Buttons also help break up the email copy, and often outperform embedded text links as a form of a CTA. Readers’ eyes are more drawn to brightly colored buttons with clear messaging, so don’t be afraid to sprinkle them throughout the email (without going too crazy). To build your email, be sure to find a platform that makes it easy to include buttons that will resize depending on the viewing method and email client customers are using (desktop vs. mobile, iPhone vs. Android, Gmail vs. Outlook, for example) so that they stay crisp and look consistent.

Take ShippingEasy’s Customer Marketing add-on for a spin. The drag-and-drop email builder makes it easy to design an email in minutes.

Try It Now

In the below email design example, take a look at the multiple options, all clickable, and all sized for even the biggest of thumbs. This email offers customers deals that fit their comfort level, is very scrollable, and looks good on mobile. A design like this may feel out of reach, but with a drag-and-drop builder, it can be surprisingly easy to build.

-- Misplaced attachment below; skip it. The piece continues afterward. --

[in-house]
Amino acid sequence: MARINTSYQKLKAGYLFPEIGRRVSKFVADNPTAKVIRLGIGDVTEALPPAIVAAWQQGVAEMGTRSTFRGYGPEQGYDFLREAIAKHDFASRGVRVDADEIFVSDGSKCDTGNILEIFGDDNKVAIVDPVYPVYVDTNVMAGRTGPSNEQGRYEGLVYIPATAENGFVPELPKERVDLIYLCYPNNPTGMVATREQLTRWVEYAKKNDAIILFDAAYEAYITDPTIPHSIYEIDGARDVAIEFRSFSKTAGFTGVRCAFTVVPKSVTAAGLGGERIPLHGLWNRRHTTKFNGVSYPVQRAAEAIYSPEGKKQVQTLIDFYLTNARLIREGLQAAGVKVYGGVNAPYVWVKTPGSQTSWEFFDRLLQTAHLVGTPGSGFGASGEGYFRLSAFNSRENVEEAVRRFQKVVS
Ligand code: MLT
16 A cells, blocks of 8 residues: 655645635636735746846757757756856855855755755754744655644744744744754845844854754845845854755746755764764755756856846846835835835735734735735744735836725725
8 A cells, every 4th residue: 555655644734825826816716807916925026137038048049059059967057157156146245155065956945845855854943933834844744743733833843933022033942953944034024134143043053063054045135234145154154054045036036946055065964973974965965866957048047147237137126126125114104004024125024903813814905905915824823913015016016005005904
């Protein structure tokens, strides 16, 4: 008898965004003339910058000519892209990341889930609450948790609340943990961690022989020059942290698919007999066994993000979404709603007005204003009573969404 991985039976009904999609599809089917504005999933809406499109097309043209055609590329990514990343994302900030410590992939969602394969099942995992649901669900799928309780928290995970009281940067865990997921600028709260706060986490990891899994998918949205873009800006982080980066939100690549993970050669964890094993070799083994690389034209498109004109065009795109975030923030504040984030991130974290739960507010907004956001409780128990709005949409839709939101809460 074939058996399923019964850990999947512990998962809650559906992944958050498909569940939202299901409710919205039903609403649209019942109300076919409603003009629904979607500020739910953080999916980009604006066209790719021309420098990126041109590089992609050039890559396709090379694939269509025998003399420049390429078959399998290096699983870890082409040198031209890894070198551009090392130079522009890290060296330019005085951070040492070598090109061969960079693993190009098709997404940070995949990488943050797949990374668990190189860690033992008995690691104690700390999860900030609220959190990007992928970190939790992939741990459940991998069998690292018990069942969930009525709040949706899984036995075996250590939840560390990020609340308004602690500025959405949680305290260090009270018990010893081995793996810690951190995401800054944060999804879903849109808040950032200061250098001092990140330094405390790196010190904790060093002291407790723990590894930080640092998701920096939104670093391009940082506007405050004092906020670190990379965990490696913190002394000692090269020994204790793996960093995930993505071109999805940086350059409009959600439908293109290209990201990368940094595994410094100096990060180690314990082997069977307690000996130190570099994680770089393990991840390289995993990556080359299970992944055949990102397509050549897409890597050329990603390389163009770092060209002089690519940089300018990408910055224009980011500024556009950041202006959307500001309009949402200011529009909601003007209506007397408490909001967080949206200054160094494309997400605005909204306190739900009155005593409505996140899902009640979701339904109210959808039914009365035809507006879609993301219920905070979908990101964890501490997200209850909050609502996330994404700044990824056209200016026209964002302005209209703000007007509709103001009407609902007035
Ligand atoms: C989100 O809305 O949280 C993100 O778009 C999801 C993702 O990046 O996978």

Email Design tappable buttons

Clear and Concise Messaging

People don’t often open their email to read short stories, so you need to be conscious of your wordiness. On that same token, don’t include too few words and leave customers scratching their heads. Focus on adequately conveying your message in as few words as possible.

Find a happy medium, which means medium-length. Most emails should be no longer than about 500 to 1,000 words. This gives plenty of space to say what you need to say about your product or service while being concise about it. This type of length will also help make sure the message is clear without being overwhelming.